If it believes that the price of a real estate sale has been underestimated, the tax authority has the right to claim that both parties pay higher taxes for that sale.
The price paid for the purchase or sale of real estate can be "remedied" by the tax authorities, whether fraud has occurred, which may cause both parties to pay higher taxes. The management is not held by the price agreed by the buyer and seller, the court of cassation said in a decision issued on February 20 last year. In principle, taxes and charges related to the price expressed in the act are reminiscent of the judges, but as in any opinion, the tax authorities may decide on a correction if that price appears insufficient in view of the market.
The correction may have a significant cost given the number of taxes on the property sale. In fact, the buyer pays the "notary fee", that is, essentially the transfer fee, while the seller may be subject to various taxes such as the tax on possible capital gains, to the CSG on that gain or, if necessary, multiple taxes accumulated on land that have become constructable.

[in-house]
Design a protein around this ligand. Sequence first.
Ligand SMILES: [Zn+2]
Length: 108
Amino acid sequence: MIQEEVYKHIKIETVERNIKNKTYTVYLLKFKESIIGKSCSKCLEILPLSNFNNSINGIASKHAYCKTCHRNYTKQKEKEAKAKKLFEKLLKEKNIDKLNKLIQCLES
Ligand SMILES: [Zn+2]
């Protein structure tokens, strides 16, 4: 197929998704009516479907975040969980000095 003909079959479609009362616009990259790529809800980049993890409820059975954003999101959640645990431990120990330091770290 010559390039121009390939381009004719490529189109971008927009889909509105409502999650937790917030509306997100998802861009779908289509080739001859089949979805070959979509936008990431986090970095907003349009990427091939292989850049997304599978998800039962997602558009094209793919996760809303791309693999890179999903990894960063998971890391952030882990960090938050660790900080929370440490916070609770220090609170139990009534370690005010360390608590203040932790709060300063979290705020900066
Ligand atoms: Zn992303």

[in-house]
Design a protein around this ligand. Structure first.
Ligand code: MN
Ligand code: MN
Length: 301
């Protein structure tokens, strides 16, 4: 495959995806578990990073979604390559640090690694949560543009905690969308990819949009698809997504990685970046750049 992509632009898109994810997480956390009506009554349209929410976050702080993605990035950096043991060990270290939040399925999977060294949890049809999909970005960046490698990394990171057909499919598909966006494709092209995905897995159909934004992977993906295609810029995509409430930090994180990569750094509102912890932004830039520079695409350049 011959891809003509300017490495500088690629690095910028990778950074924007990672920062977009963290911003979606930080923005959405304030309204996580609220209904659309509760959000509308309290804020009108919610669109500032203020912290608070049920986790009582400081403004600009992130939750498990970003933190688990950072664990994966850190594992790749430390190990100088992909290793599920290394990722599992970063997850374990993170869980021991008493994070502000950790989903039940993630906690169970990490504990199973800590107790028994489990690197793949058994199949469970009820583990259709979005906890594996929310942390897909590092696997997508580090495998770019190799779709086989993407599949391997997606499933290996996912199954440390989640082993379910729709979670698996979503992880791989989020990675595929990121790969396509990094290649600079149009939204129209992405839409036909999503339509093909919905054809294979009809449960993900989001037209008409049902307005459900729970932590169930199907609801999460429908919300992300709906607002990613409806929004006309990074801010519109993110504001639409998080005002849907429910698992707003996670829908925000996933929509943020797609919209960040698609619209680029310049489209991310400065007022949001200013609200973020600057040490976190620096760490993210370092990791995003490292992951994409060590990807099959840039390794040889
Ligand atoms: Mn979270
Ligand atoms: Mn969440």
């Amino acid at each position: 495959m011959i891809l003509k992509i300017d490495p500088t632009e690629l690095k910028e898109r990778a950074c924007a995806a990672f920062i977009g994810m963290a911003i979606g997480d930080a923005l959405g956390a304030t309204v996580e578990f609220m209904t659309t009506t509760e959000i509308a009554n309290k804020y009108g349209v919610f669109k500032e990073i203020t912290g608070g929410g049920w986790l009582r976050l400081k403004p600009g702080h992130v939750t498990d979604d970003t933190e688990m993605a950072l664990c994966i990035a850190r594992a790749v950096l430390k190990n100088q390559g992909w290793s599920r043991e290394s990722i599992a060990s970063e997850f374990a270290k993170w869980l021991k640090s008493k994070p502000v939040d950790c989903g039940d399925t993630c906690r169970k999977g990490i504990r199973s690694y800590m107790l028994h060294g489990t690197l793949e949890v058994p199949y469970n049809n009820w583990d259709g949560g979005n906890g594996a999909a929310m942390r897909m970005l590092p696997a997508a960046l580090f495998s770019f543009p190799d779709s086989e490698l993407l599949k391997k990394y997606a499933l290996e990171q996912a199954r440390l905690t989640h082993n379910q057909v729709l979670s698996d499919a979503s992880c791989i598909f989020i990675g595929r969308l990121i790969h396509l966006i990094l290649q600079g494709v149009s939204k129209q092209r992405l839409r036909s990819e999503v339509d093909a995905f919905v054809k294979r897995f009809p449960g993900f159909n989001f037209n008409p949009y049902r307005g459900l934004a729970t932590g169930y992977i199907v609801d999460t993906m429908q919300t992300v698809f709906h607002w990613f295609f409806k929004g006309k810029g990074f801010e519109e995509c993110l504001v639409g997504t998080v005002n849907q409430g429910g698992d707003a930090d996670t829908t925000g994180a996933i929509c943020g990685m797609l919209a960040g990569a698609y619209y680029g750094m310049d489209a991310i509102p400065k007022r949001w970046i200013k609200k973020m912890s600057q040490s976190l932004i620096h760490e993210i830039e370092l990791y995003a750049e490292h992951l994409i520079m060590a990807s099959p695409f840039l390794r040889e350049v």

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In theory, the stated price should represent the market price, as the two speakers' "meeting test", according to the judges. The seller gives the price that satisfies him for which he assesses his property and the buyer accepts at the price he is willing to pay. However, anyone may have an interest in minimizing the official price, and the administration has the power to control the actions that serve as a basis for establishing taxes, whether it is remunerated as a sale, free as a gift or inheritance, or a simple one. statement as the IFI.
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It is a question of verifying that the act clearly mentions the market value of the building, that is, the price that could be achieved on that date by way of the supply and demand of the market. real. The management must, in support of its point of view, provide "comparative terms", that is, prices reported by recent comparable changes in the same sector. On June 27, 2018, the Treasury reduced the obligations of the tax liability in this respect and explained that it was a matter of comparing goods that are globally similar and no longer identical or "substantially similar" goods.